I have been hearing disturbing stories about the requirements being foisted on job-seekers by representatives of the government, and I’m hoping some Vox readers will be able to cast light on them.
I have a friend who is in the job market. I believe he has limits on his ability to work, although I don’t know what they are. He tells me that an advisor at a recent interview said he should move out of his one-bedroom flat and into different accommodation, in order to better facilitate his job search. My understanding is that the advisor claimed he should do this in order to be able to work from home.
The question is: Are these jobsearch advisors legally able to require him to move home?
My friend thinks not. He reckons that – by advising him to move – the advisor has broken EU regulations on human rights. In essence, this is interfering with his private life, and the advisor’s role is legally restricted to his professional life.
He asked me for my opinion and I have no idea. To my way of thinking it doesn’t seem unreasonable to ask a person to change their situation in order to find gainful employment – it’s the modern equivalent of Norman Tebbit’s “Get on your bicycle” line; you go where the work is. I myself, with the then-Employment Service’s blessing – spent five months on a course in Cornwall getting my journalism qualification, in order to get a job at the end of it.
But it does seem unreasonable to ask somebody to undertake one of the most stressful life-changes human beings undergo – moving all their belongings from one place to another – on the off-chance that a job might come to you in your new abode that would not have arisen if you had stayed put. We’re not talking about moving to a different town where jobs are commonplace; just relocating within the same (small) town in Wales.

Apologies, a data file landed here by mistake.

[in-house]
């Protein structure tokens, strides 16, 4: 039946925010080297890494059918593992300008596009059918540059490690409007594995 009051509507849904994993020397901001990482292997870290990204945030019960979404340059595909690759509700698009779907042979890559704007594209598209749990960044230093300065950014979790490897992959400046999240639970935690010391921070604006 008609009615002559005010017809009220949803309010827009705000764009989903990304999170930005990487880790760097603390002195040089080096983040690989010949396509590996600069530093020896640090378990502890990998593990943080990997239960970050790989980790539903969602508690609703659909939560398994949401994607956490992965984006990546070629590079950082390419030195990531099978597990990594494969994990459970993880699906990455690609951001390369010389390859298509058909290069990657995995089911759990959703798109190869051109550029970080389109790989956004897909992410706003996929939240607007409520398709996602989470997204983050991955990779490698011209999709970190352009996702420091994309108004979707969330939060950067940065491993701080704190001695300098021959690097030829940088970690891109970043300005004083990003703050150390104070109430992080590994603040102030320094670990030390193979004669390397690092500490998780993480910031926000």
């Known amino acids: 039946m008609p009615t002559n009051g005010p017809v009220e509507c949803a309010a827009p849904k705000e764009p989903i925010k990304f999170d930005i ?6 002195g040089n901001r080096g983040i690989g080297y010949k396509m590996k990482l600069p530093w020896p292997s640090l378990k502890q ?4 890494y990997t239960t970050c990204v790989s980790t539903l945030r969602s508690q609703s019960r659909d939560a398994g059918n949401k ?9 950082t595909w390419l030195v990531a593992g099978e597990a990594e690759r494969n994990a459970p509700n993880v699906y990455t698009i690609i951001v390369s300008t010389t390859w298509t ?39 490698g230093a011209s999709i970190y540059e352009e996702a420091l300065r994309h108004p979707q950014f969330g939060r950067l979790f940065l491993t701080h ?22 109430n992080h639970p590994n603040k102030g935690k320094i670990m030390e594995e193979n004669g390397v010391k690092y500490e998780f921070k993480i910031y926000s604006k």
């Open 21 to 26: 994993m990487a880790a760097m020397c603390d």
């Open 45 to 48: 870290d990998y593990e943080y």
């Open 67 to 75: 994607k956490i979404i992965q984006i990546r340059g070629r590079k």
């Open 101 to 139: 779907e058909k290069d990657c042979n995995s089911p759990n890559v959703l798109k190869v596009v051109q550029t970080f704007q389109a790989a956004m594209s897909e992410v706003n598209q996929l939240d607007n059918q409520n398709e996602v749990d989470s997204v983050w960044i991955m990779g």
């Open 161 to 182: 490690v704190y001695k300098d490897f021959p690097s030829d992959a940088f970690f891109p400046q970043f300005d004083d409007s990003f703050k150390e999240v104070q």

Does anybody have an insight on this?
The other issue is more of a warning than a query. The same friend was bullied into enrolling on the new Universal Jobmatch system. While browsing the available jobs, he found one for a company that claimed to employ people as ‘mystery customers’ to check on the service provided by other firms. Deeper investigation of the advert revealed that this company wanted a wealth of information from possible candidates before considering them for employment. This put my friend on guard and he got out without submitting any information.
A later search on the Internet revealed that the company had been involved in a series of illegal scams, including identity theft – that’s right, stealing people’s personal information and using it to fraudulently gain cash.
And this firm was advertising on the government’s brand-new jobsearch site, that won’t let people get away from a job advert without explaining why they’re not applying!
Has anybody else experienced this?
It seems this could be yet another indictment of the system brought in by the Coalition government, that tries to shoehorn people into jobs – apparently without even checking that those on its own site aren’t breaking the law.